Asteroid could smash into Earth, or it could unlock the secrets of life
Maria Eugenia Sansaturio of the Universidad de Valladolid in Spain last year put the odds of a collision at about 1000 to one, and said it could happen as early as 2060.
The years in which a collision was most likely were 2162 and 2182, Dr Sansaturio said.
RQ36 is approximately 580m — or half a kilometre — in diameter. OSIRIS-REx is expected to reach it in 2020, after travelling for four years, and return to Earth in 2023.
Scientists have observed that each time RQ36 completes its 20-year orbit of the Sun, it swings a little bit closer towards Earth.
In 1900, Russian engineer Ivan Yarkovsky proposed that thermal radiation emanating from the "night side" of asteroids — the side facing away from the Sun — could potentially change their orbit.
The NASA project to collect samples from RQ36 with a robotic arm is expected to cost about $US800 million.
As part of the mission, NASA also hopes to learn more about whether the "Yarkovsky" effect is pushing the asteroid closer to Earth.NASA is setting out to search for traces of life on an asteroid which could potentially wipe it out.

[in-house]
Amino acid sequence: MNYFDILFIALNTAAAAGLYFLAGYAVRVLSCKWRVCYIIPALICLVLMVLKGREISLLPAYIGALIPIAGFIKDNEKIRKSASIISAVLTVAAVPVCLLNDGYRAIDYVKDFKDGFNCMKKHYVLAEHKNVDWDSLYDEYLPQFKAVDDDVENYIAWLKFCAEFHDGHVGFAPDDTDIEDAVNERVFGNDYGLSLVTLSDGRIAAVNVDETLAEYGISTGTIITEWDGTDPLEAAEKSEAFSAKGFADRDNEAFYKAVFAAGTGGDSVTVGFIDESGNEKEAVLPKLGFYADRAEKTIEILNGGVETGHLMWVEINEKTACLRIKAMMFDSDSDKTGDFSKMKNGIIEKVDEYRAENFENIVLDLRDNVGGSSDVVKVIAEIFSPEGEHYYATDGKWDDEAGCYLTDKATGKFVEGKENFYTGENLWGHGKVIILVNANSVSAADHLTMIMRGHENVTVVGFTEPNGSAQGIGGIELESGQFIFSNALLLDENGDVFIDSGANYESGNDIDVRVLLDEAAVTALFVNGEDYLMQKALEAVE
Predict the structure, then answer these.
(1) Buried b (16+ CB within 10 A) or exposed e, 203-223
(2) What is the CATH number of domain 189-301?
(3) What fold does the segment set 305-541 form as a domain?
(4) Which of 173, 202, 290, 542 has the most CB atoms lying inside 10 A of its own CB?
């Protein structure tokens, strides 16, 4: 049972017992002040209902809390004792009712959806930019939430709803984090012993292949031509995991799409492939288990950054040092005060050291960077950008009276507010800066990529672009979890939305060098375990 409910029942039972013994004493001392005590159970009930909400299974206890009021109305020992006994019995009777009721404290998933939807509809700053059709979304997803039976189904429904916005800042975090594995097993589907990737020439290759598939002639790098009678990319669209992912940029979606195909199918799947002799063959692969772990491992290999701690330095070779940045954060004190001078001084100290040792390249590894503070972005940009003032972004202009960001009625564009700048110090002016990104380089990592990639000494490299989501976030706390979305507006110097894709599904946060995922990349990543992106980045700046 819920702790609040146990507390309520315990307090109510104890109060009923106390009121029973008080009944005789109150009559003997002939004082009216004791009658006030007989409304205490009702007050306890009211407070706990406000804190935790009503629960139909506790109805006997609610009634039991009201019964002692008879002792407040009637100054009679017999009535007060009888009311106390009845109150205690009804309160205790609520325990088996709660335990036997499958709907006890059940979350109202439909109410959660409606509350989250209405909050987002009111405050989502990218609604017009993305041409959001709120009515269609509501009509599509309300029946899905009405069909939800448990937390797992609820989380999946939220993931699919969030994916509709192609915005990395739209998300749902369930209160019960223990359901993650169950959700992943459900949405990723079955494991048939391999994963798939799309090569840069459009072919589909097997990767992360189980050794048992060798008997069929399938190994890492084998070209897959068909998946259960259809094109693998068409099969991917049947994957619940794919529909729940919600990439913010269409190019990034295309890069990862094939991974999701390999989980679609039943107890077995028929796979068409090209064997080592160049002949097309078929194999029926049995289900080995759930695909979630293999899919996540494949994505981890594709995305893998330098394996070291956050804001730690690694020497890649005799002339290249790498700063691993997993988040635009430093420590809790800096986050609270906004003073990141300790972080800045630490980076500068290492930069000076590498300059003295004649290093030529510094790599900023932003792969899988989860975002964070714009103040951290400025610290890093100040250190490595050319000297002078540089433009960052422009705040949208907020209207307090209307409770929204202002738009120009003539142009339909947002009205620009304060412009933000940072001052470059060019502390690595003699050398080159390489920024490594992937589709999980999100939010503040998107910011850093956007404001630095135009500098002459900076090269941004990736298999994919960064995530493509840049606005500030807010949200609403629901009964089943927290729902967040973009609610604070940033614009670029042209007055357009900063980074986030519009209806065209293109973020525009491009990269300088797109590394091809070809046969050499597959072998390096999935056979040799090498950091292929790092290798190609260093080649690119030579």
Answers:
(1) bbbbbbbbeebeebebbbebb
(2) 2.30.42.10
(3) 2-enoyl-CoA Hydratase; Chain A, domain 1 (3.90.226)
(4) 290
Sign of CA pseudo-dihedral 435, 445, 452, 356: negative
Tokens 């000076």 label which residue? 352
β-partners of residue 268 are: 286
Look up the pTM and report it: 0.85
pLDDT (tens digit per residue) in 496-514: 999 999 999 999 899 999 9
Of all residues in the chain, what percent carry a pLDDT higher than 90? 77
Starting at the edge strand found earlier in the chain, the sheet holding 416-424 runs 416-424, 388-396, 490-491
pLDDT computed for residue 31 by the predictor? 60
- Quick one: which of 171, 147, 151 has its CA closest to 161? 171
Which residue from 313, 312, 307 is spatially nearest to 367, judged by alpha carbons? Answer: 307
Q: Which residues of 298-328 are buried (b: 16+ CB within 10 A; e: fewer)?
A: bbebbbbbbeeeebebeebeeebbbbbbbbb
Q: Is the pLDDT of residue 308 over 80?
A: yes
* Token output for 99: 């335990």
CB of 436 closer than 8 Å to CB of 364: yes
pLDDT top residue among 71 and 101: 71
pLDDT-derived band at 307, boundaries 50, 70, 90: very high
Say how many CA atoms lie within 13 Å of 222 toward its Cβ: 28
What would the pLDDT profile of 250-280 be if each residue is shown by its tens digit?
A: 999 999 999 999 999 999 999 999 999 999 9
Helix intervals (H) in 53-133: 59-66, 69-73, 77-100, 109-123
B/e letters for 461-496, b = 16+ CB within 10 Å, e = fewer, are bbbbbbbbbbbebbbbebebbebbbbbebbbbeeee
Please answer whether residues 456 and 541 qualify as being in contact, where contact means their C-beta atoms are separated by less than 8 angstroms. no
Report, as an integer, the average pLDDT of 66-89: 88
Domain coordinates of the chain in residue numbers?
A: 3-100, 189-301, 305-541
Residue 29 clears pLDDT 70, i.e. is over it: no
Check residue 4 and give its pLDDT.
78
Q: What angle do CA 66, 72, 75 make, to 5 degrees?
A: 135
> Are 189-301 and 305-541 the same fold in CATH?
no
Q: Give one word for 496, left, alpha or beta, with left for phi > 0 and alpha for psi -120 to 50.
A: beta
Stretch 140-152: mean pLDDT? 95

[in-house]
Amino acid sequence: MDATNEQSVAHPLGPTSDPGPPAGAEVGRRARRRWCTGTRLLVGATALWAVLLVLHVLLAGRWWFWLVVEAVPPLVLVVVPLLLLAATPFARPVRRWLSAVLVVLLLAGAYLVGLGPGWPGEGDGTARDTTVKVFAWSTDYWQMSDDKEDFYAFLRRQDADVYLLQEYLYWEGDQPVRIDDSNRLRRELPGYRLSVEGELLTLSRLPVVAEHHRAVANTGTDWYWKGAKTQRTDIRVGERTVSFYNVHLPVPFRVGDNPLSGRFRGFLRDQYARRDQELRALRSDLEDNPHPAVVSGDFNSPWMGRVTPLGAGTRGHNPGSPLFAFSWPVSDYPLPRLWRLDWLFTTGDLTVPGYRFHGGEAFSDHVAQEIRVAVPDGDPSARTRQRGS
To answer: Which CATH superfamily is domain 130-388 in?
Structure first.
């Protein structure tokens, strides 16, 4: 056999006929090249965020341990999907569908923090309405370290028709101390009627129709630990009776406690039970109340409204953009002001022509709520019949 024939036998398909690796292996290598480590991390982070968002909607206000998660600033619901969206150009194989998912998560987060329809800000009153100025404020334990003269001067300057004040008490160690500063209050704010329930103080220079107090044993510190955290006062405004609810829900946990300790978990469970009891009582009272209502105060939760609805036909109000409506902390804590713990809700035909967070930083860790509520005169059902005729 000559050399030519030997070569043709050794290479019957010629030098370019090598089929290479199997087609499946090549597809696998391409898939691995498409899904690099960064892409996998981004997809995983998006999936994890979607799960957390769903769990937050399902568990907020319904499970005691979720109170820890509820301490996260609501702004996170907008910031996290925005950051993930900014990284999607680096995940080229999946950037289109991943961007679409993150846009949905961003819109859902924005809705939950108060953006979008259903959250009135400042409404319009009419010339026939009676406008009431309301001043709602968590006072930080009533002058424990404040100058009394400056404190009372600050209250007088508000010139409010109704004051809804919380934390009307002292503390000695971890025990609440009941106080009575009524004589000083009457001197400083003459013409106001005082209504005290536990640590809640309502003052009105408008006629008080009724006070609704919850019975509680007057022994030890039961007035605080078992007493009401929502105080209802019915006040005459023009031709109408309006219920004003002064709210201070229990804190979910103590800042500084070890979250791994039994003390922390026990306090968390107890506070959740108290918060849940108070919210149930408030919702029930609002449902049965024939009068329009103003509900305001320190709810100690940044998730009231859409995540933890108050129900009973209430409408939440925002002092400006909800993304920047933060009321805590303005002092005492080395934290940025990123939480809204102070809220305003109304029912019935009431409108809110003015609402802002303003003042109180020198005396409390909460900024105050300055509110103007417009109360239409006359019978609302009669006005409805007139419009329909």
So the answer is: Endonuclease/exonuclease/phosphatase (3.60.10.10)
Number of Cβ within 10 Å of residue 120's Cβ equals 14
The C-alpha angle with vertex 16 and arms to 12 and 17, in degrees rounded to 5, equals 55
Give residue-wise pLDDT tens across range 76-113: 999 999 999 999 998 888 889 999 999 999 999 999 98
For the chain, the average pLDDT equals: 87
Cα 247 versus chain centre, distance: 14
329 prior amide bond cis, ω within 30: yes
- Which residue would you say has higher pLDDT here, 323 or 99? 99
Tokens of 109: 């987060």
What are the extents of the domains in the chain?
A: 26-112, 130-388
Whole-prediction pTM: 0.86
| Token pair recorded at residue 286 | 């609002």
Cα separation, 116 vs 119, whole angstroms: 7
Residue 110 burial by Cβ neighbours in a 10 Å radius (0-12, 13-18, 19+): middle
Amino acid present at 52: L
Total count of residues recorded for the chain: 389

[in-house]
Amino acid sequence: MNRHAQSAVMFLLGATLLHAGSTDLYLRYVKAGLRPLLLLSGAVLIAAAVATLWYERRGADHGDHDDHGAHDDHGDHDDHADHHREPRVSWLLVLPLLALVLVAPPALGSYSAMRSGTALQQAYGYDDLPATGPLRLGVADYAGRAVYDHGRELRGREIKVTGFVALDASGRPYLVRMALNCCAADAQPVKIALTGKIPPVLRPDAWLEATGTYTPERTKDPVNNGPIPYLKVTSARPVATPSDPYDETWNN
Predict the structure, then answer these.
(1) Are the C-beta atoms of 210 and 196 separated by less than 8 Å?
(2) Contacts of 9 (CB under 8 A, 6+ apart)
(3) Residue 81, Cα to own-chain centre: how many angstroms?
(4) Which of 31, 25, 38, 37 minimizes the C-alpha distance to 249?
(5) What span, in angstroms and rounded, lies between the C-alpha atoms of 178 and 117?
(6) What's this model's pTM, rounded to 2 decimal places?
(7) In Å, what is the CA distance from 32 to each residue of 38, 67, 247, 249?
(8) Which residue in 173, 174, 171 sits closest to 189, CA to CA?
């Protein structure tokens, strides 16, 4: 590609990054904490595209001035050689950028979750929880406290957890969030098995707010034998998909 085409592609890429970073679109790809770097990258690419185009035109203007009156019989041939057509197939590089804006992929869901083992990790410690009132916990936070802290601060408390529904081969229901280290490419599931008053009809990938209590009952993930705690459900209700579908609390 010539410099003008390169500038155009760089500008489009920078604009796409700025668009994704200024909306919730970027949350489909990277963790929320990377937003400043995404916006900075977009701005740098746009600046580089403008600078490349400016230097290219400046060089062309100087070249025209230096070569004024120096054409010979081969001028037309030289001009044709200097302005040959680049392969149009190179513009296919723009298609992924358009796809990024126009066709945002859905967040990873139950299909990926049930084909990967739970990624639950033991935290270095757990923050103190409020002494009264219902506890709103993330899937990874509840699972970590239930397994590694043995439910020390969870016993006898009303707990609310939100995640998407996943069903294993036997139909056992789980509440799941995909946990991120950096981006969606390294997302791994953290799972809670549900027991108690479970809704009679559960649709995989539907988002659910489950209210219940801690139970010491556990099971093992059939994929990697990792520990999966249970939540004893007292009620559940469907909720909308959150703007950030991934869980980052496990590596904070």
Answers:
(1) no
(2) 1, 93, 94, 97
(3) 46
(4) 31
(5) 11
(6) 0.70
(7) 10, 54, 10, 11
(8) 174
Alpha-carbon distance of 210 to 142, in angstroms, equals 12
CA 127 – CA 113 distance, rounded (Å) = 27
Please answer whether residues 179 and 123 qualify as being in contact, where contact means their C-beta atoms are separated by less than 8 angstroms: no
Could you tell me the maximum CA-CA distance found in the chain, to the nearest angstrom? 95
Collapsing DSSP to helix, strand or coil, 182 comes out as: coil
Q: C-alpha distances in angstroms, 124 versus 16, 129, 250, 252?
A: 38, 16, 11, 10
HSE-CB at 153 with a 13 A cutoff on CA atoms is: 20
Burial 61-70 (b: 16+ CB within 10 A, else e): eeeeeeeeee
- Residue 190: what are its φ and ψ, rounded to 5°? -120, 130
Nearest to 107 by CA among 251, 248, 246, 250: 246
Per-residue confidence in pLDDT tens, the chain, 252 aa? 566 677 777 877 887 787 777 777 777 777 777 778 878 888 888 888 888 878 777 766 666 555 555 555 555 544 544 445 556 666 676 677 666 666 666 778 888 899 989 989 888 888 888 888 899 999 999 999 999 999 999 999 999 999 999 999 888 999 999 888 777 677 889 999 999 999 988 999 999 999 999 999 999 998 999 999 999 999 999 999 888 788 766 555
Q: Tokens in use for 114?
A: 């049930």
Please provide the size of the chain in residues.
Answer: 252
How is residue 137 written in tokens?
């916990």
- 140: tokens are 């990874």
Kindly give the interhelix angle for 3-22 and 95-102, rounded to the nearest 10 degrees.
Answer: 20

According to NASA, RQ36 is the perfect place to look for material dating back more than 4.5 billion years to the solar nebula which collapsed to create our solar system.
"This asteroid is a time capsule from the birth of our solar system and ushers in a new era of planetary exploration," said Jim Green, director of NASA’s planetary science division in Washington.
NASA is also interested to see whether RQ36 is carrying any organic molecules like the kind previously found on meteorite and comet samples.
The asteroid samples could give us new insights into how the solar system was formed and how life began.
That is, if we're around long enough to study them.
*Content and photo's contributed by NASA